Be on your guard; stand firm in the faith; be courageous; be strong. Do everything in love.
(1 Corinthians 16:13)
Paul counsels the Corinthians to stand firm and yet do everything in love. I find this passage perfect for the crossroads at which the Church stands.
One road seems to lead to lead to conflict, the other, compliance. One group of Christians (seem to) want to be on guard and stand firm against certain issues while the other type of Christian seems to believe "doing everything in love" means accepting everything.
There is so much to sort out: what is really going on, and why, and what should I do about it? How can one make a determination without spending half one's life researching, and probably making a lot of folks angry in the process?
It feels like an onslaught of issues and demands. Many argue that compassion means accepting all of it.
Should that include accepting your child wearing a mask to protect others from a virus you don't believe qualifies as a pandemic?
Should that include taking a knee to anyone other than God?
Should that include humoring delusion and deception?
Many pastors seem to be taking a soft tone against this onslaught but the reality is that we are each individually accountable to God. Each of us will have to answer for our decisions. When did we stand firm, and when did we show love?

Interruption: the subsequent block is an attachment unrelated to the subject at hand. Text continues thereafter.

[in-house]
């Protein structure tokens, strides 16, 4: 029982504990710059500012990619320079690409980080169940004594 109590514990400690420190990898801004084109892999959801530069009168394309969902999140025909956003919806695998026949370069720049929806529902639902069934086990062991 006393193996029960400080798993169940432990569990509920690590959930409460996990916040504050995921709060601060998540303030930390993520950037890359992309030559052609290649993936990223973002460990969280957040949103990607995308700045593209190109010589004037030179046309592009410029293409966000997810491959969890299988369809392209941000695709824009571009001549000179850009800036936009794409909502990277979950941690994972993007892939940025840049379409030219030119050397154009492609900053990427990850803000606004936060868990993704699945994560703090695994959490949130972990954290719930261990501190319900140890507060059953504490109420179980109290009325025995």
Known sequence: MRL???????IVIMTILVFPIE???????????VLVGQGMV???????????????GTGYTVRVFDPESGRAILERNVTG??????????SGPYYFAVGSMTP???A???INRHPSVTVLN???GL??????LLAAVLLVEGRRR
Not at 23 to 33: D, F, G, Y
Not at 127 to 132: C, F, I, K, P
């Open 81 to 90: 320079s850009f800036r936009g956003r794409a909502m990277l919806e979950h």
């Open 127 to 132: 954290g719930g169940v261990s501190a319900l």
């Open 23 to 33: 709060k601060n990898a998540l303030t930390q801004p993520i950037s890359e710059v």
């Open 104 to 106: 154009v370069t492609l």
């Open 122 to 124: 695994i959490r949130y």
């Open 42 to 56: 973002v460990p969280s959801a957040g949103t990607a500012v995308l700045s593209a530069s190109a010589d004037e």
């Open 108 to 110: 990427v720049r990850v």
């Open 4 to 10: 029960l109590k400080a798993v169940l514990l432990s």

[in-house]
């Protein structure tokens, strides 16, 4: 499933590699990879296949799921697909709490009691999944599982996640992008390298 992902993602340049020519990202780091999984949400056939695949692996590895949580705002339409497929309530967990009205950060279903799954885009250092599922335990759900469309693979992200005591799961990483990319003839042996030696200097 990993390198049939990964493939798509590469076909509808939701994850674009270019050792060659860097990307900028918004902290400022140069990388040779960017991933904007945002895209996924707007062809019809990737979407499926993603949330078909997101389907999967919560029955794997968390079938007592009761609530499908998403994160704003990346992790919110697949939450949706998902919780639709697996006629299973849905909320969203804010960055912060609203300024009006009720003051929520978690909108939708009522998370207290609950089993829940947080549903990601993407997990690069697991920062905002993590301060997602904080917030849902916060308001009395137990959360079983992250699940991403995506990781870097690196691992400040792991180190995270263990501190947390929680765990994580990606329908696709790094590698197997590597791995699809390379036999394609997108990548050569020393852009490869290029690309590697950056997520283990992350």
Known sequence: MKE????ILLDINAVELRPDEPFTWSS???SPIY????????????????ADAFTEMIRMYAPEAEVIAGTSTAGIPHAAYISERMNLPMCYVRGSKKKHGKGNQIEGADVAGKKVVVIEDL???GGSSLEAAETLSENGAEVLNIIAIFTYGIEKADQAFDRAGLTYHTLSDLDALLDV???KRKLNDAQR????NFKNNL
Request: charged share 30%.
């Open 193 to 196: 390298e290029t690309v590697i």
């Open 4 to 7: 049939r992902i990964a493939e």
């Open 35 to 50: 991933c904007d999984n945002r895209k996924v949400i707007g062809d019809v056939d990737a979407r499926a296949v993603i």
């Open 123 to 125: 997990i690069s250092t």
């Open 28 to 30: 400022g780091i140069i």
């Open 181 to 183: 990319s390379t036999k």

How do we show love?
I think most people actually know the answer to these questions. The Holy Spirit makes himself heard. But if you have a pastor, politician or pop culture figure justifying a passive stance, it can be too easy to rationalize doing so yourself.
It is easy to preach love. It is easy to counsel two parties in conflict to "just get along" or "turn the other cheek."
It is much harder to unpack why the conflict even began and what could realistically be done to resolve it (rather than stuffing it under the mattress).
When Jesus counsels to love your neighbor as yourself, he means it. When he counsels not to pick up your sword, he means it. When he says turn the other cheek, he means it.
But he also spent most of his ministry challenging hypocrisy. That is the main reason fellow Jews conspired to have him sentenced to death. He told inconvenient truths.
The conflicts we face today are not what they seem on the surface. We are not arguing over how to address a deadly pandemic, we are arguing over whether there is a deadly pandemic. We are not arguing about how to address systemic racism, we are arguing over whether white people are somehow worse than everyone else. We are not arguing over how to accommodate different "gender identities," but why we would even want to.
We can't resolve issues we haven't correctly identified. Our country is living in a marriage torn apart by lies. Good marriage counselors don't tell a struggling couple simply to love, they help them unpack the argument. You can only heal after you've identified what you're healing.
Love requires the courage to stand firm, not out of stubbornness, but conviction.
Love, not by shrugging off lies and corruption, but by standing firm.